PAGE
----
Natural Mosquito Repellents
When spring rolls around, every year we start to see the ads popping up everywhere here in Florida for mosquito repellents. The list goes on with sprays and creams that you can rub on every inch of your exposed body, to machines that you can clip belt, to things smoke around your yard.
Let's see how repellents really work. Repellents make humans less attractive to mosquitoes so that they will avoid areas of the body that have been treated with the product. Repellents do not kill mosquitoes. The best repellents will provide protection from bites for a long period of time from just one application. The University of Florida mosquito researchers test and evaluate the effectiveness of mosquito repellents based on the amount of time the product will continue to repel mosquitoes after one application to the skin. This is known as complete protection time.
Repellents that are available are either synthetic chemical, such as DEET, or plant derived chemicals such as citronella. Various formulations of these repellents are available the different in the amount of active ingredient, which is the substance that actually repels the mosquitoes. It is very important to read the label before using any mosquito repellent. There are different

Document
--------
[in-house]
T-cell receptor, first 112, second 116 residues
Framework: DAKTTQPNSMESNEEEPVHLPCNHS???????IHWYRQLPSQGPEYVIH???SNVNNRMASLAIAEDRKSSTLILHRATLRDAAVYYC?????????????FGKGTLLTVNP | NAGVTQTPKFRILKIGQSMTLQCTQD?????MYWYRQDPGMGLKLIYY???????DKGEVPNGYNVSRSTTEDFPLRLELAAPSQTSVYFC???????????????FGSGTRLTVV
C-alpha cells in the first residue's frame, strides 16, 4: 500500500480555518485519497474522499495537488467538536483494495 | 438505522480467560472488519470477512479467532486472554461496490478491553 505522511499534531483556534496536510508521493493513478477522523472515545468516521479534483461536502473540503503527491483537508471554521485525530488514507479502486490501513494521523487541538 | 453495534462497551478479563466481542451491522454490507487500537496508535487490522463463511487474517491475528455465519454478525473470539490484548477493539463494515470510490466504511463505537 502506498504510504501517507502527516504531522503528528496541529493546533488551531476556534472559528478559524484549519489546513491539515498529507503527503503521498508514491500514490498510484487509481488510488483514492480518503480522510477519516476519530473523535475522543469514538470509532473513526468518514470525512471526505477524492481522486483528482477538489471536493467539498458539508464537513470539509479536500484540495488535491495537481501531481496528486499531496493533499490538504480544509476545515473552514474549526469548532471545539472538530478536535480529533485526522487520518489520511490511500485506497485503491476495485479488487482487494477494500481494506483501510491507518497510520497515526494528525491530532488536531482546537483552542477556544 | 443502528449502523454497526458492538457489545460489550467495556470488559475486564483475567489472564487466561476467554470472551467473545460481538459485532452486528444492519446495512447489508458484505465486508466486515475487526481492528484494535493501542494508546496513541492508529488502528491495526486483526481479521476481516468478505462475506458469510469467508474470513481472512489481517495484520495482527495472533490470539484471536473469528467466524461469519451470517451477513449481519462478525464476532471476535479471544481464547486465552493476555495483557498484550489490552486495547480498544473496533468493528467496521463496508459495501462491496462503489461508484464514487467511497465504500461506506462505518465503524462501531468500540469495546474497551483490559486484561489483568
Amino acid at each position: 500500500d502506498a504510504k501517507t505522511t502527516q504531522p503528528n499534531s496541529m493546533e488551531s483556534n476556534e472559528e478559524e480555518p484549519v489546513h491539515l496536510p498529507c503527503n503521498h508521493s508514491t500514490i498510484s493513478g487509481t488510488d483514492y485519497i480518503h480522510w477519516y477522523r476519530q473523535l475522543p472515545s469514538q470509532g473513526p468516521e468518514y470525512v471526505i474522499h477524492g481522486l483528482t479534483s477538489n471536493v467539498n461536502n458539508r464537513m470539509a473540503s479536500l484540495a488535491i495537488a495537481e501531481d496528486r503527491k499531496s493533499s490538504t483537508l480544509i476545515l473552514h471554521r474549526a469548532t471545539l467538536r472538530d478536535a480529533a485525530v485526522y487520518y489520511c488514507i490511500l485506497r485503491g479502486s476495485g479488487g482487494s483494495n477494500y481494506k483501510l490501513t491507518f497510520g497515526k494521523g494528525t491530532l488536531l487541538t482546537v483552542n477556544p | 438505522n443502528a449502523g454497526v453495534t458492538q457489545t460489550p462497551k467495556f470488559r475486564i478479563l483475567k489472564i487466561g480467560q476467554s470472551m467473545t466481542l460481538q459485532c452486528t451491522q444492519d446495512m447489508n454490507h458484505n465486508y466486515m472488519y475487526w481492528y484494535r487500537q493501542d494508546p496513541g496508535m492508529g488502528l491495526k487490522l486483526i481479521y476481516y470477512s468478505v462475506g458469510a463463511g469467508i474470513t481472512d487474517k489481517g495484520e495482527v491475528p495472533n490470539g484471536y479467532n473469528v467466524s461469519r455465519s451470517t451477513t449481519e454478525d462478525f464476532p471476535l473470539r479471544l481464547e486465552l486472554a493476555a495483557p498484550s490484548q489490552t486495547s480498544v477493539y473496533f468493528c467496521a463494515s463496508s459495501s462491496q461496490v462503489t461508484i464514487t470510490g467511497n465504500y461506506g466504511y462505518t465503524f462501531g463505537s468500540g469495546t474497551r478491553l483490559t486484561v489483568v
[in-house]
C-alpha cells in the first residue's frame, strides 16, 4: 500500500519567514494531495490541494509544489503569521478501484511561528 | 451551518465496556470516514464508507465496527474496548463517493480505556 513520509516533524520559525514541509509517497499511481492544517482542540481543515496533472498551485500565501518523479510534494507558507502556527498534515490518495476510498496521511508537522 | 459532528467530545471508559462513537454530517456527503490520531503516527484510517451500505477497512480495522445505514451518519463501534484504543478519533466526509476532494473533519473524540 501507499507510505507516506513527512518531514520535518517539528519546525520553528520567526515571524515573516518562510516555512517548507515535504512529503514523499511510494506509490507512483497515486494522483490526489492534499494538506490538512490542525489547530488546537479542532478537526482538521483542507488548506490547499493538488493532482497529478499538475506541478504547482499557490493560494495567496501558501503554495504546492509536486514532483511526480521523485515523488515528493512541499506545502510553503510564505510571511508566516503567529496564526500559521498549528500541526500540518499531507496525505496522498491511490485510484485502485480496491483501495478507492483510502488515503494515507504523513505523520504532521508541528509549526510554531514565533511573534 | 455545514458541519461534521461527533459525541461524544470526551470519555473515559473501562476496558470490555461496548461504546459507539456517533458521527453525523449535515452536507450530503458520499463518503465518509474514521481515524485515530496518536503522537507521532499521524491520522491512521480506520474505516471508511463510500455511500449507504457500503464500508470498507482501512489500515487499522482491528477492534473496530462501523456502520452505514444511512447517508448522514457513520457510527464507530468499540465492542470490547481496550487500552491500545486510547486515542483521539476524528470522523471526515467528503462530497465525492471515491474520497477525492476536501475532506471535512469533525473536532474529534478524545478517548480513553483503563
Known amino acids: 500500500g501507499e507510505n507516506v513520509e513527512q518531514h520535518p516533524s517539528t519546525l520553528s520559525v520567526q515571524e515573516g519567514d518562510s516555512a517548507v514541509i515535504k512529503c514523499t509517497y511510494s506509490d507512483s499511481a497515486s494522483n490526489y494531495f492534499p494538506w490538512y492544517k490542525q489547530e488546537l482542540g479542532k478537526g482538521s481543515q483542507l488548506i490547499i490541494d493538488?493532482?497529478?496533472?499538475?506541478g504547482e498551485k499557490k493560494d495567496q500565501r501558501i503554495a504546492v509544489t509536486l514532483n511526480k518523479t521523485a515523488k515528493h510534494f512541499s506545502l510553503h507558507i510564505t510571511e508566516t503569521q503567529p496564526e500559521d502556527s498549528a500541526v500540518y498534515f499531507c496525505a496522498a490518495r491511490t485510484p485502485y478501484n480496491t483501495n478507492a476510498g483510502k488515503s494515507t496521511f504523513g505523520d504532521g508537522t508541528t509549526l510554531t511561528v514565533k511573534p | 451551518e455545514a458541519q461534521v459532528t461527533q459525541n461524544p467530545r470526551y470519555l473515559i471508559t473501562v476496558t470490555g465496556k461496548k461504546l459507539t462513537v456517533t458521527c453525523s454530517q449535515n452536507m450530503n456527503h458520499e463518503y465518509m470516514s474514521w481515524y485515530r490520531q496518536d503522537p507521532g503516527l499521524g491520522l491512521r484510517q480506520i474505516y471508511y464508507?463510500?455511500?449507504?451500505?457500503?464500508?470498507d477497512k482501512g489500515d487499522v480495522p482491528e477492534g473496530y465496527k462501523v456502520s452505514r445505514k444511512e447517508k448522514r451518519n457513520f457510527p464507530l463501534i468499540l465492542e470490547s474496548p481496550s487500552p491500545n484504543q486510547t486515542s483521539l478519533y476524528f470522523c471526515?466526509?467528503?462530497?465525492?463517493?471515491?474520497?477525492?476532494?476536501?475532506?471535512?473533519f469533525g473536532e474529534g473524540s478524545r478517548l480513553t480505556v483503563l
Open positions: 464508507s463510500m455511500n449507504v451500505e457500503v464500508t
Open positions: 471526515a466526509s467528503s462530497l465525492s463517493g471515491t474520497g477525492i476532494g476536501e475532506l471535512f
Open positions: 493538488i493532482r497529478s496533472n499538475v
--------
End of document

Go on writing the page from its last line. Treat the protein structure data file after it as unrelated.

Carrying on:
recommendations for frequency of application for different repellents; do not apply. Check the container for an EPA approved label and registration number; never use repellents that have not been approved for use by the EPA. Make sure that the repellent label lists the insect that you need to repel; some repellents are not formulated for certain insects. Keep in mind that repellents do not protect
all users equally. The effectiveness of a repellent depends on the mosquito species that is biting as well as the age, sex, level of activity, and attractiveness of the human using the repellent.
The EPA has determined that the normal use of the DEET does not present a health concern to the general US population and is not classified as a human carcinogen. There are no reported adverse effects following use of repellents containing DEET even on pregnant or breast-feeding women. Most active ingredients in mosquito repellents are DEET, citronella, oil of lemon, eucalyptus,
peppermint oil, Cedar oil, and lemongrass oil.
Natural or organic are words used to promote safe products. Unfortunately, promotions can be misleading for the uninformed individual. "Natural" products are usually essential oils distilled from plants; those that have evolved with plans to defend the planet from insect feeding. These oils can be toxic and irritating in high concentrations. Natural repellents are not necessarily safe repellents.